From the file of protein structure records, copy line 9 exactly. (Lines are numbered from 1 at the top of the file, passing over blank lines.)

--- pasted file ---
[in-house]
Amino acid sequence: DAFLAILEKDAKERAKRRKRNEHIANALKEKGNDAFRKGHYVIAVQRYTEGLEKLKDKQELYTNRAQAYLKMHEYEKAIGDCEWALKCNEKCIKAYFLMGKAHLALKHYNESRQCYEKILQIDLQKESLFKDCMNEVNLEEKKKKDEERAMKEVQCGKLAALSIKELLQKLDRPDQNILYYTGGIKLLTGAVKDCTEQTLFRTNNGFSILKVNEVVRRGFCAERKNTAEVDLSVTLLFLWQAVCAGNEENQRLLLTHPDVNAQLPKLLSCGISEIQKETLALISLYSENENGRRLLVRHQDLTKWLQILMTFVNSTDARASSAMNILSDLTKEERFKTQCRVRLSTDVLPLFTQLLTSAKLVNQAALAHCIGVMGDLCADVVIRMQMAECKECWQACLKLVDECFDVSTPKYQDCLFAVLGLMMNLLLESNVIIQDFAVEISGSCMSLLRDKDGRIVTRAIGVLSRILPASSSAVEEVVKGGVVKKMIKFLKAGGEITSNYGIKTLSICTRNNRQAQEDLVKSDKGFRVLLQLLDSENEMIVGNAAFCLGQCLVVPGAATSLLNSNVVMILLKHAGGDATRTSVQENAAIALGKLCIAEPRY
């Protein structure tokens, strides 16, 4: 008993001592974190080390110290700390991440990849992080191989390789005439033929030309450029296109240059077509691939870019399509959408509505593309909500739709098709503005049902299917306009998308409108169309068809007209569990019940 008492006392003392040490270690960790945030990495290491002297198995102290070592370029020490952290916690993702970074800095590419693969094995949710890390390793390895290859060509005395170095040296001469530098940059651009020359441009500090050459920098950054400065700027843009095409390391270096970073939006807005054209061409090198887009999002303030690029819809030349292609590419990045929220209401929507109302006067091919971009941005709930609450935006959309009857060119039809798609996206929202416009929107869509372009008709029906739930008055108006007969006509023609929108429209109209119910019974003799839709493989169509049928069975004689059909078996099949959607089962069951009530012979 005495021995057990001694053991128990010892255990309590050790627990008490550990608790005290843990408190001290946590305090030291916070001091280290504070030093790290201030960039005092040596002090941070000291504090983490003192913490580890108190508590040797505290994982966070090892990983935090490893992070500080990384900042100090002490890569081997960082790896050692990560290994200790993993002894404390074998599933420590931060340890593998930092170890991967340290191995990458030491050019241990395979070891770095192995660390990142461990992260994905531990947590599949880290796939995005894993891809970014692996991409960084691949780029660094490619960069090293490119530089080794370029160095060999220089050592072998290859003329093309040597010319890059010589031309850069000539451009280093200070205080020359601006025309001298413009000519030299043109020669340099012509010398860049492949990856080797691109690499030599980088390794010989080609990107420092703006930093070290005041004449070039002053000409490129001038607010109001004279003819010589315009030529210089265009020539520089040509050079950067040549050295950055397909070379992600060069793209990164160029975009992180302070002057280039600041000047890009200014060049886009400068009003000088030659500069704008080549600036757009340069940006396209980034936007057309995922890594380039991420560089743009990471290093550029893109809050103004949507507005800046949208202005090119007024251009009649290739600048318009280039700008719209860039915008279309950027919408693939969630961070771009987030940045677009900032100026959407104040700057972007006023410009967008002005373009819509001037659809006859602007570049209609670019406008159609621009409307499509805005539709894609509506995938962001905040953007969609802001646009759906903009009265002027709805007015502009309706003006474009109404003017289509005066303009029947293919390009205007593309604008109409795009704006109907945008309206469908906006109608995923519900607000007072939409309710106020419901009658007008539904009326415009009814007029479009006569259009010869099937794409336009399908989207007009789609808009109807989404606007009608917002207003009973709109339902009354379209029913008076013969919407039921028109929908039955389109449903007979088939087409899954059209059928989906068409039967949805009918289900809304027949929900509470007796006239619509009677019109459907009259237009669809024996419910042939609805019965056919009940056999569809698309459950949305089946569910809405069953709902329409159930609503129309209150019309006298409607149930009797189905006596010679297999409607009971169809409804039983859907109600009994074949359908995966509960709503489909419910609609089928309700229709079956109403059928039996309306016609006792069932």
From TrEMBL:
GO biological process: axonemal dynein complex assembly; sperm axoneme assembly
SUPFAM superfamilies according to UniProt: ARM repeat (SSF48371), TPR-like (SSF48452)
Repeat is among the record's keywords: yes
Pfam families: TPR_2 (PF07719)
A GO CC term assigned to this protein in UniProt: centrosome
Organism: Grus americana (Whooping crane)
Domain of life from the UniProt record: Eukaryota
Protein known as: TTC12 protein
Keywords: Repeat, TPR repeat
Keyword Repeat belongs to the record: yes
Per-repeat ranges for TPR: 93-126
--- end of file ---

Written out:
A GO CC term assigned to this protein in UniProt: centrosome